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  • Journal article
    Dembek M, Stabler RA, Witney AA, Wren BW, Fairweather NFet al., 2013,

    Transcriptional analysis of temporal gene expression in germinating clostridium difficile 630 endospores

    , PLOS One, Vol: 8, ISSN: 1932-6203

    Clostridium difficile is the leading cause of hospital acquired diarrhoea in industrialised countries. Under conditions that are not favourable for growth, the pathogen produces metabolically dormant endospores via asymmetric cell division. These are extremely resistant to both chemical and physical stress and provide the mechanism by which C. difficile can evade the potentially fatal consequences of exposure to heat, oxygen, alcohol, and certain disinfectants. Spores are the primary infective agent and must germinate to allow for vegetative cell growth and toxin production. While spore germination in Bacillus is well understood, little is known about C. difficile germination and outgrowth. Here we use genome-wide transcriptional analysis to elucidate the temporal gene expression patterns in C. difficile 630 endospore germination. We have optimized methods for large scale production and purification of spores. The germination characteristics of purified spores have been characterized and RNA extraction protocols have been optimized. Gene expression was highly dynamic during germination and outgrowth, and was found to involve a large number of genes. Using this genome-wide, microarray approach we have identified 511 genes that are significantly up- or down-regulated during C. difficile germination (p≤0.01). A number of functional groups of genes appeared to be co-regulated. These included transport, protein synthesis and secretion, motility and chemotaxis as well as cell wall biogenesis. These data give insight into how C. difficile re-establishes its metabolism, re-builds the basic structures of the vegetative cell and resumes growth.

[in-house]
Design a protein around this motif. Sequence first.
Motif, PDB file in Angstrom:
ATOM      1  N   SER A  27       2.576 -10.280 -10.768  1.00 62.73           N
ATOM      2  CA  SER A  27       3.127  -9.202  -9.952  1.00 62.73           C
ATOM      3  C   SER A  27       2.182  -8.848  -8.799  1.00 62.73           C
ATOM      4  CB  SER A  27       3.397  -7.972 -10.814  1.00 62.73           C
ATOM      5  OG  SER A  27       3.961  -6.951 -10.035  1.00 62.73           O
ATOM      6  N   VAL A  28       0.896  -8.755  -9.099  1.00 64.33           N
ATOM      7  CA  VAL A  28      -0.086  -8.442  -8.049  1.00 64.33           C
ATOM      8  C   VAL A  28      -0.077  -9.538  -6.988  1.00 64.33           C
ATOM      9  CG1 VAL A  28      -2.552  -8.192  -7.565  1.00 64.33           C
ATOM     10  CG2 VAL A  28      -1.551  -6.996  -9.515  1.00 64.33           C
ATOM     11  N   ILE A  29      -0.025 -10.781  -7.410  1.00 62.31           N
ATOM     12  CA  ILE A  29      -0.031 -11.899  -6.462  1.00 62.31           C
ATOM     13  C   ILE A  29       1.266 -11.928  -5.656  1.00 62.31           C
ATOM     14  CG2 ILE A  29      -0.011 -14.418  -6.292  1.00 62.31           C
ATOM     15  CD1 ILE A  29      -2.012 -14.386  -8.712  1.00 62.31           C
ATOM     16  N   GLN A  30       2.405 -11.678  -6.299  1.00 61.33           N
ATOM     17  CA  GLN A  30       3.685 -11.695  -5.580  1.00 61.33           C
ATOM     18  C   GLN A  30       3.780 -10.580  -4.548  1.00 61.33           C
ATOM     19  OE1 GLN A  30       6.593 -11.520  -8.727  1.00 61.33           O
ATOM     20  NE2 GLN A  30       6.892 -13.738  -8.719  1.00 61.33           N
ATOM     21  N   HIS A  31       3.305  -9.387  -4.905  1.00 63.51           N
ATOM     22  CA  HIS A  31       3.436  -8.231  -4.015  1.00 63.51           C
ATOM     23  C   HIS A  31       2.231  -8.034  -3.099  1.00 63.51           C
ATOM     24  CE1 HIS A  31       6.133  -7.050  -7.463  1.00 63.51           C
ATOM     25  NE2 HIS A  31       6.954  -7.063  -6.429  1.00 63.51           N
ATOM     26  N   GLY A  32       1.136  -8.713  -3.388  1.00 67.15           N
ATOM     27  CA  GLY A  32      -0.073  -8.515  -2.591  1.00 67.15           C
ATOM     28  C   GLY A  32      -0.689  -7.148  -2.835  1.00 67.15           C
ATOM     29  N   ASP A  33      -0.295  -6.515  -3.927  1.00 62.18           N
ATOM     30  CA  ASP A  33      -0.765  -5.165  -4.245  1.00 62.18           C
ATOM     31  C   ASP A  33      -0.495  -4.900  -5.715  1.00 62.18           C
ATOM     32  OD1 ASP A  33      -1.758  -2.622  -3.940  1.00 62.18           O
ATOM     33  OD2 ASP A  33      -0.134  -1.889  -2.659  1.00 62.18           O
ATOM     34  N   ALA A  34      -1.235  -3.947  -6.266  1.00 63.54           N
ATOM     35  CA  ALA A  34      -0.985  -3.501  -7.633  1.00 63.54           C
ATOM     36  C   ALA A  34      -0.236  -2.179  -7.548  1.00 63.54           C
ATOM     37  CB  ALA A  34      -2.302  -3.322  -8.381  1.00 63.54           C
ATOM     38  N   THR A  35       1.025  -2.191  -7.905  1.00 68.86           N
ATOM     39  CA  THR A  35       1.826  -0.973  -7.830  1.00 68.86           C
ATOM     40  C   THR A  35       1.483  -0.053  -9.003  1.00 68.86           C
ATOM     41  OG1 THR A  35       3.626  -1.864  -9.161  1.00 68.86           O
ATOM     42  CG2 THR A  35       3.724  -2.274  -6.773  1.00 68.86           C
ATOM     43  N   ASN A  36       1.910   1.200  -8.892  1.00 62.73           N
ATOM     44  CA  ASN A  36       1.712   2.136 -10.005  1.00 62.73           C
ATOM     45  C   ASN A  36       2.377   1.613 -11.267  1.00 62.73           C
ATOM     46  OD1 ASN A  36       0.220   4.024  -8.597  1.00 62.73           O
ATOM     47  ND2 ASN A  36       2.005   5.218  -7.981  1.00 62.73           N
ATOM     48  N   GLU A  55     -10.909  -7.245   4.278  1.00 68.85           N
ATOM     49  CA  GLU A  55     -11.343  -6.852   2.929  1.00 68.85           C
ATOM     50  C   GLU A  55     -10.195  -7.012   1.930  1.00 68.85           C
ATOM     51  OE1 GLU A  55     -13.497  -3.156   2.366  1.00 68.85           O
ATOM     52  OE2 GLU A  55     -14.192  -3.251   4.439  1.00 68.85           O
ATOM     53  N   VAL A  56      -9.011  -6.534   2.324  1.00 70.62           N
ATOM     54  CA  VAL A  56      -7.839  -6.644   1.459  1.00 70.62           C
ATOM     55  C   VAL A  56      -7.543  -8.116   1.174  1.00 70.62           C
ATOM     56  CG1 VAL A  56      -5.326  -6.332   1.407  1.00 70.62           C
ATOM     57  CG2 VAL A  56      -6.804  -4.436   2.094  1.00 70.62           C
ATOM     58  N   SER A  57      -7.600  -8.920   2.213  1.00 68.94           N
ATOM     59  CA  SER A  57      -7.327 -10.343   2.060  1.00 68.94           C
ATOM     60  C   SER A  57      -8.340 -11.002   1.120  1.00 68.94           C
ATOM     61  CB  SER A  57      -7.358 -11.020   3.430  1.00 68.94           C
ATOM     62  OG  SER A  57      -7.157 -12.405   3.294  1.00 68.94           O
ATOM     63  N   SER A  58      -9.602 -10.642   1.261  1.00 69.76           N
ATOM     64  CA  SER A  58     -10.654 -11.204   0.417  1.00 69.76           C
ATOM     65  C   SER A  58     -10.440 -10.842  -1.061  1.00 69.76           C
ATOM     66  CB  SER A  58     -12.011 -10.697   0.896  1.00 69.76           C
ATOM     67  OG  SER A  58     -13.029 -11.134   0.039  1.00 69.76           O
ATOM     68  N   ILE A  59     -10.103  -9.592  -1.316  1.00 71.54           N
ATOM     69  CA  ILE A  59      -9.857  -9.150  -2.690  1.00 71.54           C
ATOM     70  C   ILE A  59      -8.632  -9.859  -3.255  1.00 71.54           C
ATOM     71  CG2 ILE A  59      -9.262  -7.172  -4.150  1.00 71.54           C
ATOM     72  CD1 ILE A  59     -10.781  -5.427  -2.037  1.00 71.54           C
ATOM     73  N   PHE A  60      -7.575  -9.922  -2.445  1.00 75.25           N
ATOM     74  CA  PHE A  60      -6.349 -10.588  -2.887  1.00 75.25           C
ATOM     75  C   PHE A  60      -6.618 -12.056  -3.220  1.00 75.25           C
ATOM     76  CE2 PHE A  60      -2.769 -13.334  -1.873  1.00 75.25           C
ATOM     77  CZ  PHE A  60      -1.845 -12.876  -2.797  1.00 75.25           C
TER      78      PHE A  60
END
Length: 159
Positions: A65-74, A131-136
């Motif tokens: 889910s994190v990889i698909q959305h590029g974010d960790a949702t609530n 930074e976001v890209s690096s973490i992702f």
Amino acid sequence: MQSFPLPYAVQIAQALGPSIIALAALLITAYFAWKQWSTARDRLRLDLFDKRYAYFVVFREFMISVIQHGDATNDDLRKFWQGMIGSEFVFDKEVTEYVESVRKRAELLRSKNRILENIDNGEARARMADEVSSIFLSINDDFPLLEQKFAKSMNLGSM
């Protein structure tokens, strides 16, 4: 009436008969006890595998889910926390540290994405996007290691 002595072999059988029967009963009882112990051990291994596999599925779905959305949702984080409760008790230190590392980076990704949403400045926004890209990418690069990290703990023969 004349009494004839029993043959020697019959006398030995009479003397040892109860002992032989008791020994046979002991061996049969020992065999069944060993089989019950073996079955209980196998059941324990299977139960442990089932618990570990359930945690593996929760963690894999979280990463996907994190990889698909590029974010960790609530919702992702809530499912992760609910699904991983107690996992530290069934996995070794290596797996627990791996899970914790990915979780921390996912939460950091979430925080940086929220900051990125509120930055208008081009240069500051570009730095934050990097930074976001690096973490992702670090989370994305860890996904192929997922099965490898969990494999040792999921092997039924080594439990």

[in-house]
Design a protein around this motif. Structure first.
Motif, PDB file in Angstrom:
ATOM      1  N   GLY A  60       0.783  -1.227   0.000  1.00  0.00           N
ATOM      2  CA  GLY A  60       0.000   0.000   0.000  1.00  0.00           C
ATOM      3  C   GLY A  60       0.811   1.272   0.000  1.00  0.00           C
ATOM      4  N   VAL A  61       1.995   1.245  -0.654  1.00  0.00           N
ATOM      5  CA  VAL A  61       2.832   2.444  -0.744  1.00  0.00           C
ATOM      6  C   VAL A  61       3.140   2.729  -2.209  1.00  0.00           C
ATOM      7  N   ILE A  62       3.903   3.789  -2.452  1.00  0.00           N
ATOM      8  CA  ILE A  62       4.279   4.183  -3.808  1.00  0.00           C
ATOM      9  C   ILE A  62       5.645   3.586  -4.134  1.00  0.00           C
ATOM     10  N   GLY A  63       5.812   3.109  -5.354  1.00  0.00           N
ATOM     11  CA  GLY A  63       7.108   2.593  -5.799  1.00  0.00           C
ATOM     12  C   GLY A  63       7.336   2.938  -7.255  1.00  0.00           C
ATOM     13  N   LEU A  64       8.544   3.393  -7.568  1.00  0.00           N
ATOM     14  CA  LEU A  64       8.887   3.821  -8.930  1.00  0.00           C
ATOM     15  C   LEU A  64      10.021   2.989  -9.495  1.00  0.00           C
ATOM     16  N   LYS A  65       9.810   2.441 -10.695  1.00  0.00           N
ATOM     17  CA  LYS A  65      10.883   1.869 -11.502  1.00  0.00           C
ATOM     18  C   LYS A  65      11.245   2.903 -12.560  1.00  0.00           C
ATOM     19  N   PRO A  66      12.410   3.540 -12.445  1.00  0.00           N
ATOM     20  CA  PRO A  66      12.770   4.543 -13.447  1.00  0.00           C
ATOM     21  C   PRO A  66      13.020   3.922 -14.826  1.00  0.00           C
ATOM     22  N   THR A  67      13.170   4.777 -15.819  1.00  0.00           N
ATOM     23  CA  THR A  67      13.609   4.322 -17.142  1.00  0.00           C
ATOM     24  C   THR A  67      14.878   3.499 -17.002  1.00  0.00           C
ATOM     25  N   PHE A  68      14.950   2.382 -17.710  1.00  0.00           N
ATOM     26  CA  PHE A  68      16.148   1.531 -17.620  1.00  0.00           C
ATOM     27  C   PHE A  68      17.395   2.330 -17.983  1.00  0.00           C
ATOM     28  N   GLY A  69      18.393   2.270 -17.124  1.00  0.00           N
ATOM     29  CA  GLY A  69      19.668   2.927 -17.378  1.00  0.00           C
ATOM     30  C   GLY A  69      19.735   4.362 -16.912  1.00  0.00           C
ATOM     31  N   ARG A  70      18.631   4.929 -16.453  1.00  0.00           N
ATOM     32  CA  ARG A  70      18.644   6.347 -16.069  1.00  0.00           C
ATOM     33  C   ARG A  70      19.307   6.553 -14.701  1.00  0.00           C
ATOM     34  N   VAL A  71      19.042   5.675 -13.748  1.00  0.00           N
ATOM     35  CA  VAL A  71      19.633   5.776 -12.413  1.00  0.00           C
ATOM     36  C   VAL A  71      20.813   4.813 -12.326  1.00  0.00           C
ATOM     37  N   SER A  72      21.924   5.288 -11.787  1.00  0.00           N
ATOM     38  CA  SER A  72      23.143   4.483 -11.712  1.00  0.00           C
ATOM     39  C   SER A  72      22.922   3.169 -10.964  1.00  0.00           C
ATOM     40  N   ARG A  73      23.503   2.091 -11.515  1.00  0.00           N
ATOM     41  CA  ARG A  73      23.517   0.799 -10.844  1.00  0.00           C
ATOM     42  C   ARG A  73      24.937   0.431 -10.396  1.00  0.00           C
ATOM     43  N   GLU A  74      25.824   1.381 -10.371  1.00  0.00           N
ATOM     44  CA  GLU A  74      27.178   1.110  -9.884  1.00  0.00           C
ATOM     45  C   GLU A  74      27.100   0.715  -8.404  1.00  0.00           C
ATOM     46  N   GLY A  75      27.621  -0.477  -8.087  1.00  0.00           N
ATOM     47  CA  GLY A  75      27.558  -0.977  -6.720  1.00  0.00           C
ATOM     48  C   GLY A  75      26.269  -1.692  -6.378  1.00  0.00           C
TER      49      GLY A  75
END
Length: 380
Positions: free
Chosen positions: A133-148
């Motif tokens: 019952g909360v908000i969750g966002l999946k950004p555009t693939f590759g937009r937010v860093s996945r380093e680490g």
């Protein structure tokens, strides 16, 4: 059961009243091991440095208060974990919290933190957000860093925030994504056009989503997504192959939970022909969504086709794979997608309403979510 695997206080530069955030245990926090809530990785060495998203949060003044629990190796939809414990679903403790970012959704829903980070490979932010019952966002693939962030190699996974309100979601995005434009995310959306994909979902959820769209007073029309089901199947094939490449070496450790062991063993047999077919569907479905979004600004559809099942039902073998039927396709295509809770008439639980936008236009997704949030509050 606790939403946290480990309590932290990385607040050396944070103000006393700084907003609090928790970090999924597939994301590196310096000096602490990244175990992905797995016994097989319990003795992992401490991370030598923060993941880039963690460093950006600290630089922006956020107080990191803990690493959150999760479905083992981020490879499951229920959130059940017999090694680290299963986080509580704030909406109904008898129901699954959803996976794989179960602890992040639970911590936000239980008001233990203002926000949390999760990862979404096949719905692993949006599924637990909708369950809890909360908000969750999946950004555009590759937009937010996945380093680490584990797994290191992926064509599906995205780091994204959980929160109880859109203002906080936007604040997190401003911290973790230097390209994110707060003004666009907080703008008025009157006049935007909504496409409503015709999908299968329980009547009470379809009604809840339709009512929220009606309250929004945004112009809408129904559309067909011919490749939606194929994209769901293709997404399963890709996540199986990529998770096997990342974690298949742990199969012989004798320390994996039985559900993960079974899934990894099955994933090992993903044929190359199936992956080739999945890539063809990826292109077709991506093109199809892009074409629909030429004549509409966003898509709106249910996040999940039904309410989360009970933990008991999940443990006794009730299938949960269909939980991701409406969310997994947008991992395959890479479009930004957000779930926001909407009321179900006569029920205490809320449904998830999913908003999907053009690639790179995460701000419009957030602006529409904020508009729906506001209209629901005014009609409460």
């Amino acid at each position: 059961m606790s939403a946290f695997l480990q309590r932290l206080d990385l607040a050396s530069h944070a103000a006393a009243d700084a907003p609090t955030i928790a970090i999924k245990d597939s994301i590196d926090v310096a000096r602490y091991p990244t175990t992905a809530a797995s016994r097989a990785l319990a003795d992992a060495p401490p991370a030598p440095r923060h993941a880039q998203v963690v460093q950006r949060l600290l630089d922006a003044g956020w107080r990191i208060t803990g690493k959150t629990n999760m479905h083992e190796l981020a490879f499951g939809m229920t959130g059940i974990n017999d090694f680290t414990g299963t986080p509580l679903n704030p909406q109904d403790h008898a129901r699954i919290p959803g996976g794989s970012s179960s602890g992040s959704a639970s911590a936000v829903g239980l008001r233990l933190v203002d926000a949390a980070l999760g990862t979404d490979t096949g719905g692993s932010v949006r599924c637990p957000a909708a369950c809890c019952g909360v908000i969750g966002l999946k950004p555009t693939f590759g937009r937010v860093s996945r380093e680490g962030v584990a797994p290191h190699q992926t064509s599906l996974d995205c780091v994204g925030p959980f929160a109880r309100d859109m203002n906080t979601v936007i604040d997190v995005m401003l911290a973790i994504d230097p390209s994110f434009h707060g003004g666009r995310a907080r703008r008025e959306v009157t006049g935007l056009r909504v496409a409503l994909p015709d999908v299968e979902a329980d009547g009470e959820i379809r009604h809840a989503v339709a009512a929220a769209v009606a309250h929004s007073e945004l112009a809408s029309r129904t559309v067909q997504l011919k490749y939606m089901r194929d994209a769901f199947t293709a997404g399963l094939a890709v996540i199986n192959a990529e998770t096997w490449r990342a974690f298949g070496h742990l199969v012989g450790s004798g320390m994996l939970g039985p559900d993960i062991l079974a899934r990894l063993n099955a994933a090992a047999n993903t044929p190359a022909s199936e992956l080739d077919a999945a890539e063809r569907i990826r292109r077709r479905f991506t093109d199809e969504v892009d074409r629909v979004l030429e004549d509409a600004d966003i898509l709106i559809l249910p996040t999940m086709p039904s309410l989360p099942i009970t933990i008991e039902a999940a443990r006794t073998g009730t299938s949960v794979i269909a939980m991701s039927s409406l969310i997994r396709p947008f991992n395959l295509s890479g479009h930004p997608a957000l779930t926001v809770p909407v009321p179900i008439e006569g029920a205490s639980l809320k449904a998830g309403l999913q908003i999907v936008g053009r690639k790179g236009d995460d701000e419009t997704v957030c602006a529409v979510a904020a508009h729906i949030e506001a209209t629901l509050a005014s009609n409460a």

• Journal article
    Leen EN, Kwok KYR, Birtley JR, Simpson PJ, Subba-Reddy CV, Chaudhry Y, Sosnovtsev SV, Green KY, Prater SN, Tong M, Young JC, Chung LMW, Marchant J, Roberts LO, Kao CC, Matthews S, Goodfellow IG, Curry Set al., 2013,

    Structures of the Compact Helical Core Domains of Feline Calicivirus and Murine Norovirus VPg Proteins